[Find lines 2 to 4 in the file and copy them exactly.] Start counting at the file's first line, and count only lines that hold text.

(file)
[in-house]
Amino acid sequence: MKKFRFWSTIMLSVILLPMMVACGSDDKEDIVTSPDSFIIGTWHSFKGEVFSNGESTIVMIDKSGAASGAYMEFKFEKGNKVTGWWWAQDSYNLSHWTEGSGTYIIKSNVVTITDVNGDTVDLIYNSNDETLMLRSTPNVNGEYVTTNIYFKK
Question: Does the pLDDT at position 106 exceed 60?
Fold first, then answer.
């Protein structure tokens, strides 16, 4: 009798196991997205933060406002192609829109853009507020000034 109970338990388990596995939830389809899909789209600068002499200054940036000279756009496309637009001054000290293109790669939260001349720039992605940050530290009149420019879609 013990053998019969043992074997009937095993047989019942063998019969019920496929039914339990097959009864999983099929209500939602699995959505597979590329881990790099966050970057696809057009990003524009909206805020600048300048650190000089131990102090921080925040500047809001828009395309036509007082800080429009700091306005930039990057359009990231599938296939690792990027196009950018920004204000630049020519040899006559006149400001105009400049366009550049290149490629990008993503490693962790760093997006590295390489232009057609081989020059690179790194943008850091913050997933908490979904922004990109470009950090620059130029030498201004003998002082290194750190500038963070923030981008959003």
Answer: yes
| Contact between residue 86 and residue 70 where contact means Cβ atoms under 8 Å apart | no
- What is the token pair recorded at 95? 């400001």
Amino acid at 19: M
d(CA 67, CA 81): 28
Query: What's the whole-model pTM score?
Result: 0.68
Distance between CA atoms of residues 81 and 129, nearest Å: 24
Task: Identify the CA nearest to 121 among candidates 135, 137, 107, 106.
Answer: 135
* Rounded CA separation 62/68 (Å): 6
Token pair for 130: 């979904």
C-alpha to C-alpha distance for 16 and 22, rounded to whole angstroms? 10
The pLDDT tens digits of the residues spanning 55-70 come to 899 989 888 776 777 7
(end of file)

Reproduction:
Amino acid sequence: MKKFRFWSTIMLSVILLPMMVACGSDDKEDIVTSPDSFIIGTWHSFKGEVFSNGESTIVMIDKSGAASGAYMEFKFEKGNKVTGWWWAQDSYNLSHWTEGSGTYIIKSNVVTITDVNGDTVDLIYNSNDETLMLRSTPNVNGEYVTTNIYFKK
Question: Does the pLDDT at position 106 exceed 60?
Fold first, then answer.